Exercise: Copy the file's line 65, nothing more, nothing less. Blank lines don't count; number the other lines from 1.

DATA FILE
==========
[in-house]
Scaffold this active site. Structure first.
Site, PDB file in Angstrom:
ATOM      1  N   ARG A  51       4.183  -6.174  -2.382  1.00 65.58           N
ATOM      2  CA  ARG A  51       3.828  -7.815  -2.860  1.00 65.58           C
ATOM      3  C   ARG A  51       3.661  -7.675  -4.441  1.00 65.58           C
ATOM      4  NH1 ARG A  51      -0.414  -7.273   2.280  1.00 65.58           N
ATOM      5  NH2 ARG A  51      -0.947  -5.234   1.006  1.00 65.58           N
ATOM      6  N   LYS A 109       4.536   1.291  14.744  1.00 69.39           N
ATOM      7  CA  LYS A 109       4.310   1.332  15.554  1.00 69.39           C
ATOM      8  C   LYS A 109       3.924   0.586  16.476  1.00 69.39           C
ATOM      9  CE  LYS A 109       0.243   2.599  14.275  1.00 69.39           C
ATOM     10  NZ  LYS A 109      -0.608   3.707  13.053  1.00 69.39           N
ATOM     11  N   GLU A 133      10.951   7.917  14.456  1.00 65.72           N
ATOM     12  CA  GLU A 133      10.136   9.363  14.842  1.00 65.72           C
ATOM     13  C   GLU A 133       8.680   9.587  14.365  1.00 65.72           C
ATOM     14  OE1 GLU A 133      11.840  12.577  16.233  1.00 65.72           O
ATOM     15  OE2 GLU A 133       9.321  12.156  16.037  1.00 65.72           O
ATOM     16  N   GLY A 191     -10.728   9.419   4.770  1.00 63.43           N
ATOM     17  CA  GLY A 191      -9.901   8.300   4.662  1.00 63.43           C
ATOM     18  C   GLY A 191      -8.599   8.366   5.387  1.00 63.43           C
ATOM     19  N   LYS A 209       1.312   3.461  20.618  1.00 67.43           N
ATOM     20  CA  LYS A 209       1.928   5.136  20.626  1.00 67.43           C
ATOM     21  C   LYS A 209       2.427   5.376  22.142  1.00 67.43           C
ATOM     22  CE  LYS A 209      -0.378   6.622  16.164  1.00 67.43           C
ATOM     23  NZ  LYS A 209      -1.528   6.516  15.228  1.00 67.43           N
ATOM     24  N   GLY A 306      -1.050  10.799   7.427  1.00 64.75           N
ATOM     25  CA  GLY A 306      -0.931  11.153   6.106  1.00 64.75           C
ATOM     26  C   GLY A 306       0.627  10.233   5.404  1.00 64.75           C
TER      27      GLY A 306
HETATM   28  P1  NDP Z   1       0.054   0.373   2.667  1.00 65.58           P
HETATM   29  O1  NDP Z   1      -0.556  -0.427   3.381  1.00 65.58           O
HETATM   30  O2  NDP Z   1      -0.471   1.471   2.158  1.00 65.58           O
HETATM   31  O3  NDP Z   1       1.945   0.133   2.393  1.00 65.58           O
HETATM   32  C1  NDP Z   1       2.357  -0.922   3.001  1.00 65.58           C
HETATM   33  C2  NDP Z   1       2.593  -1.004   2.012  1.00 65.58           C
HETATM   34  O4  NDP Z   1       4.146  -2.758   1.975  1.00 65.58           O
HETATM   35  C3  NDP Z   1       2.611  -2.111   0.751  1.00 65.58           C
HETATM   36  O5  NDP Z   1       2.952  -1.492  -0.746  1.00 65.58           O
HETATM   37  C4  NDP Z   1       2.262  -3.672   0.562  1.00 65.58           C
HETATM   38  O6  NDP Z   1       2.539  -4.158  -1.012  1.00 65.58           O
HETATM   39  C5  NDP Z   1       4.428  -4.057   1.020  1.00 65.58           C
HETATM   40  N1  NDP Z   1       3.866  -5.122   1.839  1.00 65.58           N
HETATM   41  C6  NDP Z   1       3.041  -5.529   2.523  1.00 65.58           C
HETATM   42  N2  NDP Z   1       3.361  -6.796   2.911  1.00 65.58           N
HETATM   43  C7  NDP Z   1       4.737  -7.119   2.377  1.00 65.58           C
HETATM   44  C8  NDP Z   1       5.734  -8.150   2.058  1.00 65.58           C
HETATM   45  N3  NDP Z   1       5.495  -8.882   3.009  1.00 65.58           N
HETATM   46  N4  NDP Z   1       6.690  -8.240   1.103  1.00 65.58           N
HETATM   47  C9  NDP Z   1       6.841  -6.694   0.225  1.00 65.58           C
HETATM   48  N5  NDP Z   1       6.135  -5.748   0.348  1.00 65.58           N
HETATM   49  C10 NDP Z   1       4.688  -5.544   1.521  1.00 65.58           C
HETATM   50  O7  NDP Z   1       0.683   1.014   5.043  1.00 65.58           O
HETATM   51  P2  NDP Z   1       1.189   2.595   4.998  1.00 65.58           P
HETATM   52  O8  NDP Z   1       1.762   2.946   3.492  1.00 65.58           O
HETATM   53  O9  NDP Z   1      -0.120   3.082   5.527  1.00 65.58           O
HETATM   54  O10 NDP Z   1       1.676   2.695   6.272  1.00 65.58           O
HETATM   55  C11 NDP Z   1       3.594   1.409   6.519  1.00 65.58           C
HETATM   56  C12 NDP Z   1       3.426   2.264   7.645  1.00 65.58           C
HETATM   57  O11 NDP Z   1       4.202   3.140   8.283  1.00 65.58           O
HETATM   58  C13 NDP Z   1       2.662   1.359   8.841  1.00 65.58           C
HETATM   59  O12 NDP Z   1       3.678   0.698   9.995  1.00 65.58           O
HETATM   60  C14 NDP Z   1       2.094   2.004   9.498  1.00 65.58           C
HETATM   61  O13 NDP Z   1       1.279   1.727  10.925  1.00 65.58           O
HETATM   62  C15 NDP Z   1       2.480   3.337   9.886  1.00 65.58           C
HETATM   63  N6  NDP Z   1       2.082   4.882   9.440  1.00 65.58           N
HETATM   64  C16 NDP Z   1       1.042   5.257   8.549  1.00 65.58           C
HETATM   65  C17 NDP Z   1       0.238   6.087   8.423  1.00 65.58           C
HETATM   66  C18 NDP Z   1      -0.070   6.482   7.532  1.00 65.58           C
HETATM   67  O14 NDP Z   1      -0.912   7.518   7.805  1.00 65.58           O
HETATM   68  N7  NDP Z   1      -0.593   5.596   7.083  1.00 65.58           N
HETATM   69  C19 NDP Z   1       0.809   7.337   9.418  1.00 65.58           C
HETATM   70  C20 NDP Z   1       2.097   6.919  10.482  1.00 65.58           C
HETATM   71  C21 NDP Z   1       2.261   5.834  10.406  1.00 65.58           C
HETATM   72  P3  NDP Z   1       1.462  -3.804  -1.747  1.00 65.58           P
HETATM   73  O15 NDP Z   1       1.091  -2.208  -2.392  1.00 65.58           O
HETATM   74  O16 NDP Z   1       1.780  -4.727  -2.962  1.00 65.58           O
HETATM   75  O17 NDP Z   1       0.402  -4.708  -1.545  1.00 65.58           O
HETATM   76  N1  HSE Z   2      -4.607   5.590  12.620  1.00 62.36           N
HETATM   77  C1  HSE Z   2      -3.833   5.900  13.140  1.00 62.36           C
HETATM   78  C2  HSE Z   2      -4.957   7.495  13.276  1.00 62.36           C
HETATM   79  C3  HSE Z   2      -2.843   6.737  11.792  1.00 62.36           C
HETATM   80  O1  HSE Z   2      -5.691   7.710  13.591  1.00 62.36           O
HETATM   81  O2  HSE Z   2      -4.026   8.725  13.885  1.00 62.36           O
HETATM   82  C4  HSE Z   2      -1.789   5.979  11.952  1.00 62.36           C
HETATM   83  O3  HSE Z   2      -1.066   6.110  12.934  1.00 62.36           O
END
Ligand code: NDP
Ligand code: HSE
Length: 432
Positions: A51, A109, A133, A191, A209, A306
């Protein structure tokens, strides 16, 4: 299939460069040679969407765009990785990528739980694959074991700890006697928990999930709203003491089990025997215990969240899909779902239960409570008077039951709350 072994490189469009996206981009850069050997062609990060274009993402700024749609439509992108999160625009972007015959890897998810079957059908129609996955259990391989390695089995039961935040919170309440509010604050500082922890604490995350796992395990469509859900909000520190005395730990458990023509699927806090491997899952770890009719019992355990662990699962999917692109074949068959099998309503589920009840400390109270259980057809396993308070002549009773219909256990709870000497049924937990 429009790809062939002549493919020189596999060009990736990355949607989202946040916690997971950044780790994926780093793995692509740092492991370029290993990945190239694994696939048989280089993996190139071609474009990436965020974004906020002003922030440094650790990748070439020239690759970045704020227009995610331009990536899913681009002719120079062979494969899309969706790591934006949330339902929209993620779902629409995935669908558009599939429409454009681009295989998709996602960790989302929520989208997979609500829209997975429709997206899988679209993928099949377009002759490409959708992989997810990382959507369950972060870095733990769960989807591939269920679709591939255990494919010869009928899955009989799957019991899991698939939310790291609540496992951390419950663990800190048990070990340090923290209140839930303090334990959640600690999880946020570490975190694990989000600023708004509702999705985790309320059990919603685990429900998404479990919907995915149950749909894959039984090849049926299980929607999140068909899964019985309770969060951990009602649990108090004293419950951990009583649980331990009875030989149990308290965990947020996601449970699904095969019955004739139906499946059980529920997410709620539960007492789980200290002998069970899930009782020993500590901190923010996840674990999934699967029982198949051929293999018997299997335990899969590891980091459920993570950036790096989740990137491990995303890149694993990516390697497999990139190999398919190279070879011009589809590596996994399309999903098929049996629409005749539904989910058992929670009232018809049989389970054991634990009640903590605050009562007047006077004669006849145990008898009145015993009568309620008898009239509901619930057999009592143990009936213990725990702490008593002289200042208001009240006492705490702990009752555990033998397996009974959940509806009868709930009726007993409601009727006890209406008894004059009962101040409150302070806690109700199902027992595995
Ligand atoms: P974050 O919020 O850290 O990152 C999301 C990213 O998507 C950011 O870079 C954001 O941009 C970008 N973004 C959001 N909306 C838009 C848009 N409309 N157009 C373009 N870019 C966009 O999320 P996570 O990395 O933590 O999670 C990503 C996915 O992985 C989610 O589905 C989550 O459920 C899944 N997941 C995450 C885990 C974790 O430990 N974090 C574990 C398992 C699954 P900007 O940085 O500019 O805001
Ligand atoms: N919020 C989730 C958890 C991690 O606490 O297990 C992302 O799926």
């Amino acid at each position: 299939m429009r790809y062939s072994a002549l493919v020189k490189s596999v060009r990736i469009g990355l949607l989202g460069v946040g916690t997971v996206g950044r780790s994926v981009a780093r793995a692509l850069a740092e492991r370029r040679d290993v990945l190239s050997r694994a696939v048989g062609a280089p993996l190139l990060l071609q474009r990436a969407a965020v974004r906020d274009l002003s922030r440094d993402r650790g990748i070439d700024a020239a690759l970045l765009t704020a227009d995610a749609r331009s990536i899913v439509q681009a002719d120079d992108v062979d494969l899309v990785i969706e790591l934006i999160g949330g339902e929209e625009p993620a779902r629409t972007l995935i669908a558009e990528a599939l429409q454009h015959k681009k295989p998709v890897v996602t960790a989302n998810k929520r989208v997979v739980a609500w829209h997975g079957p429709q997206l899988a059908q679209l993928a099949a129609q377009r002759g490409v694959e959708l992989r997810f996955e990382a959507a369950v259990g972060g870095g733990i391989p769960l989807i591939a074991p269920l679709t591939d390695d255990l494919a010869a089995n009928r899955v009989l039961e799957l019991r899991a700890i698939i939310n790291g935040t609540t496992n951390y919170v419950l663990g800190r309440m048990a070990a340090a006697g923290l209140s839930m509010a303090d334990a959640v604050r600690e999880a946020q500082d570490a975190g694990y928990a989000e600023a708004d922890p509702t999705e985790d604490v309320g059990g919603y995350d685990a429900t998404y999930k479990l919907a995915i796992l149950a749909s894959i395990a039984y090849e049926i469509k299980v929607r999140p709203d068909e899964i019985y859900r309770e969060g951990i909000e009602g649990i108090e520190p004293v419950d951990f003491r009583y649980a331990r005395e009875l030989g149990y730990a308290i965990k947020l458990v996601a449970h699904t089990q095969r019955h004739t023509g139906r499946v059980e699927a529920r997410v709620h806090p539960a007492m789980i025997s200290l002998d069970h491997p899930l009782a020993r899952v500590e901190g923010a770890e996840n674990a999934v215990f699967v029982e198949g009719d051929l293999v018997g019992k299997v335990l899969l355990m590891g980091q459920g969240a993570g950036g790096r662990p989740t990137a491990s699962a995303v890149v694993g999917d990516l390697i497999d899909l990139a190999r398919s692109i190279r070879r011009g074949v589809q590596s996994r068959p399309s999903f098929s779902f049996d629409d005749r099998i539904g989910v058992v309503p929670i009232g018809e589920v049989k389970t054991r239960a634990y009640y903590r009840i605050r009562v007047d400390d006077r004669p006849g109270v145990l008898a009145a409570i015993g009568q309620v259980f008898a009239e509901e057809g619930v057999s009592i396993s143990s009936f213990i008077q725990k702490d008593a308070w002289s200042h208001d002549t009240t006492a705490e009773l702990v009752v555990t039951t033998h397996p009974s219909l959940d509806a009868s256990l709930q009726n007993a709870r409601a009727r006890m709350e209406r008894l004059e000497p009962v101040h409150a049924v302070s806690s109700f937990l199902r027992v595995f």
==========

HETATM   62  C15 NDP Z   1       2.480   3.337   9.886  1.00 65.58           C